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Presentation 5: What are sensory integration (SI) and Disfunction of SI? M. Windsor, ScD, OTR/L

How DSI affects child and family life activities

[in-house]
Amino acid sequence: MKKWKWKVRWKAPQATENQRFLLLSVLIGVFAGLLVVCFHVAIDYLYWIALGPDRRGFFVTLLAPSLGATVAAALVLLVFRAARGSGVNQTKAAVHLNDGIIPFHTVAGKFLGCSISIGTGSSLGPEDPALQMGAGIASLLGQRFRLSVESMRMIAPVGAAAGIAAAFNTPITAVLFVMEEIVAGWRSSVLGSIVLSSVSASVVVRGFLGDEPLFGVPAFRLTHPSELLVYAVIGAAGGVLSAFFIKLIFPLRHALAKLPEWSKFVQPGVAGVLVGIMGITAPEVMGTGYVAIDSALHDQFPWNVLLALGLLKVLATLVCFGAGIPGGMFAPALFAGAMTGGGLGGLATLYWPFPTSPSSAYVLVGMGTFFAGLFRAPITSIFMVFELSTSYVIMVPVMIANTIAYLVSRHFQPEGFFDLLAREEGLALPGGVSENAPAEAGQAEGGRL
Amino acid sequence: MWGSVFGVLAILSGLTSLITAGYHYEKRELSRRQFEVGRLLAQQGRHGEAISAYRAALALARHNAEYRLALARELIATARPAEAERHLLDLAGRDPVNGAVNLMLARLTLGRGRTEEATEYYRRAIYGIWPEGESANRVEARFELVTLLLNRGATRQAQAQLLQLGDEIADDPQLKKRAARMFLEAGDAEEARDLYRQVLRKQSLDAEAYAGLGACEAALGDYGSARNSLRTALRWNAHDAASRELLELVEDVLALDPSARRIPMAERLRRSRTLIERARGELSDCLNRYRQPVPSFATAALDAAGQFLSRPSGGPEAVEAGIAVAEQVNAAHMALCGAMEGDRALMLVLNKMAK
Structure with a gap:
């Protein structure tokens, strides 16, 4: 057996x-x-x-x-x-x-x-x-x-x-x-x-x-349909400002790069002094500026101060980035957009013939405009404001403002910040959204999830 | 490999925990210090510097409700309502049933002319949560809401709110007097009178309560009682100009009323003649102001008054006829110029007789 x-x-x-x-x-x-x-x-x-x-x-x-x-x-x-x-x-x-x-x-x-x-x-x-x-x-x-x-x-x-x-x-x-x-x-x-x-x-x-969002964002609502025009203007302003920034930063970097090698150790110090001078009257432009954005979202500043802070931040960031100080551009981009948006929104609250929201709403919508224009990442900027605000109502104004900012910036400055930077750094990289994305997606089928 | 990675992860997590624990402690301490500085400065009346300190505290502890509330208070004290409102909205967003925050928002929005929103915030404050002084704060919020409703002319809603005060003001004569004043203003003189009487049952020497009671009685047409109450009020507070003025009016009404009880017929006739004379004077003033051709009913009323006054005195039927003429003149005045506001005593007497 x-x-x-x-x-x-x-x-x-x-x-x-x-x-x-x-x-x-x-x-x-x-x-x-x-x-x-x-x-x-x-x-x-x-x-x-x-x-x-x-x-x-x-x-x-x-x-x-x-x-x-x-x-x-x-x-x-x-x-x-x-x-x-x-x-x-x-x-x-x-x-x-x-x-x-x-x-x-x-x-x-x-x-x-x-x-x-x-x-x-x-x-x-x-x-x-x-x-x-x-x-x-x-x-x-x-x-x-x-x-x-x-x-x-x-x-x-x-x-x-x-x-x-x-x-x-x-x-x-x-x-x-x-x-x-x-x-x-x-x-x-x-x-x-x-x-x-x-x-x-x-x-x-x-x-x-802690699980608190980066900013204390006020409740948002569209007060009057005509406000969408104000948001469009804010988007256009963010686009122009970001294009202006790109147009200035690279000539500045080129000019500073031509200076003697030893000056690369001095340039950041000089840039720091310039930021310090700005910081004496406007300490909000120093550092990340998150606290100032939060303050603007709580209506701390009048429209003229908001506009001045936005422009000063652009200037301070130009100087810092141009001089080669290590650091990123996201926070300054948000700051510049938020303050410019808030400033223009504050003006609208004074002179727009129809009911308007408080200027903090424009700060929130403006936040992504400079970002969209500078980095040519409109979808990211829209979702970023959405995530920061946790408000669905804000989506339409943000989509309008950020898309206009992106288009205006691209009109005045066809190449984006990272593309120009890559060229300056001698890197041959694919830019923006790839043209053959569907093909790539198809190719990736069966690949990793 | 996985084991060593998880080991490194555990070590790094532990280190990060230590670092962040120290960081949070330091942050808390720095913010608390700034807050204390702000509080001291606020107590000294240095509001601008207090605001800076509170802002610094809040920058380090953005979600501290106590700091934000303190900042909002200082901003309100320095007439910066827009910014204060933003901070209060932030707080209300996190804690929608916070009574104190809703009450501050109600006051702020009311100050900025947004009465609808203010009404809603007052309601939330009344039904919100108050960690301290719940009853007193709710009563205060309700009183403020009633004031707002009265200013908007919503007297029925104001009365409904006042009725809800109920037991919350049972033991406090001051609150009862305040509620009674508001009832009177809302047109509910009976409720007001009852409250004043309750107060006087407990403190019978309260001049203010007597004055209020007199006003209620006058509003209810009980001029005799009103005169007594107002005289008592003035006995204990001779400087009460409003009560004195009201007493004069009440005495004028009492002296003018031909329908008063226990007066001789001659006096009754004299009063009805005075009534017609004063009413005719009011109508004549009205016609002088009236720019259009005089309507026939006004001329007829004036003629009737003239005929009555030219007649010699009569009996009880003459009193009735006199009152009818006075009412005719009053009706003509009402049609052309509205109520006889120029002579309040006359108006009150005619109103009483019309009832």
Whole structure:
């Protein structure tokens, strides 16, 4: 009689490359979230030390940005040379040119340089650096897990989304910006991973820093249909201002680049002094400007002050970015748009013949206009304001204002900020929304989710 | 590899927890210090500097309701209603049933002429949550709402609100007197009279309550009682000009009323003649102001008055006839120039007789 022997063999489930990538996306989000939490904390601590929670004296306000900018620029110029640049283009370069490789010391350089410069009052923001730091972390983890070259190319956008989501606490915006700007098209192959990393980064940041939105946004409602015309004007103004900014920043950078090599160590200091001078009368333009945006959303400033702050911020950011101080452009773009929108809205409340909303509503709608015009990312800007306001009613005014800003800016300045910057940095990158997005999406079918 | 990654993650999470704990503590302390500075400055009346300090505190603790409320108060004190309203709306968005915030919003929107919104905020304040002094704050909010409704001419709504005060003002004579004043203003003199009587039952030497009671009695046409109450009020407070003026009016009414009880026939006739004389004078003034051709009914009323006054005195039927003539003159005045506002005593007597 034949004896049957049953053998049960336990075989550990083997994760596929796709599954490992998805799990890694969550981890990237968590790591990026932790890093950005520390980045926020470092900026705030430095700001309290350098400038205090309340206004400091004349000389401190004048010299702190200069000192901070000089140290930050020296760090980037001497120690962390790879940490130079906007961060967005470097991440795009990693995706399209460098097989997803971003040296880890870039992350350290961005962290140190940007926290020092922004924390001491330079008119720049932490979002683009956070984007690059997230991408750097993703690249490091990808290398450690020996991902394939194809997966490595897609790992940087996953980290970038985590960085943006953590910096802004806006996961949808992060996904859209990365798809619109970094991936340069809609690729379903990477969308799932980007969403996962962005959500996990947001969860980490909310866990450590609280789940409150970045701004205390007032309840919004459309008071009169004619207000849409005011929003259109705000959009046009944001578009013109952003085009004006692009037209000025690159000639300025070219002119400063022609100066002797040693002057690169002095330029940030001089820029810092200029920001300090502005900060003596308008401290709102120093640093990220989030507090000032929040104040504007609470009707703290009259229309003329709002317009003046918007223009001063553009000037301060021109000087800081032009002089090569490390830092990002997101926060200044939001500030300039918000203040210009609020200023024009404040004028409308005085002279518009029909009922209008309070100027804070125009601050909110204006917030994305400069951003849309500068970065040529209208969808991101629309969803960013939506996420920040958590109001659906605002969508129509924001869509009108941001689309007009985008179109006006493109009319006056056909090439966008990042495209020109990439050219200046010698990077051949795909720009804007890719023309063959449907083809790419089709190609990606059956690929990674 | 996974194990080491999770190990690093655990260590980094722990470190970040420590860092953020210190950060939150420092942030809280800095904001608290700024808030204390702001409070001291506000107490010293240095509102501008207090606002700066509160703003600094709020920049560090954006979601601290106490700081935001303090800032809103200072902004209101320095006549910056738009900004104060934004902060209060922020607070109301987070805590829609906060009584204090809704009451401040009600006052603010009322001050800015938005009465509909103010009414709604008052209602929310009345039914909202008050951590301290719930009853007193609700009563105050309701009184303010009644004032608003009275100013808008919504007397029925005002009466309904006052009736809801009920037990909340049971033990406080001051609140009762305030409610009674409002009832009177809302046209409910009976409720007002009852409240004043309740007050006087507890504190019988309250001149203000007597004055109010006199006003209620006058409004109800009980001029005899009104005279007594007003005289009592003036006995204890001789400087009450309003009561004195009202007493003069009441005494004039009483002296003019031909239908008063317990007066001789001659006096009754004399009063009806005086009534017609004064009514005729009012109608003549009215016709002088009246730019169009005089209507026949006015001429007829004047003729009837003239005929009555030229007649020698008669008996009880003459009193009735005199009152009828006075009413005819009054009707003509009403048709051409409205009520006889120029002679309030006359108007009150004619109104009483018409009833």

In my experience as an occupational therapist, one of my greatest concerns is the possible disruption in family life because of the responses of children with DSI. Two early, important things a parent expects to do are to comfort and to feed the baby/child. DSI often interferes with these activities: a child may be very fussy, unable to self-regulate, and reject the loving touch of the mother and father. Sensitivity to food textures may make feeding (milk drinking and/or later solids) unpleasant and unsuccessful. A child with vestibular insufficiencies may find lying on his or her stomach "too much work" (the vestibular system is believed to help muscles move against gravity) and cry when placed in this position (the head is really heavy to hold up!). If the child has modulation issues and is fussy, the parents will often avoid "tummy time" for positioning and play. Stomach lying is essential for development of head control (an important contributor to developing eye musculature); taking weight on the elbows and pushing up on the hands/arms (at 3 to 5 months of age) are crucial sensory motor experiences that set the shoulder girdle for stability (the shoulder must be unmoving or stable in order for refined hand-eye skills to develop) and stimulate movement of the thumb out of the palm (the precursor to thumb finger movements in grasp). When the sensory information from these experiences is processed, the body scheme and a perceptual sense of self become more refined. I believe this supports the child's awareness of self as the point of reference for his or her world and is crucial for developing an internal locus of control (as opposed to seeing forces other than oneself as responsible for actions and events). We must also be aware that post-institutionalized children may be deprived of many of these experiences AND may have had to learn atypical responses (motor and social emotional) in order to survive. The good news is that human beings are amazingly resilient, especially children, and respond well to intervention.

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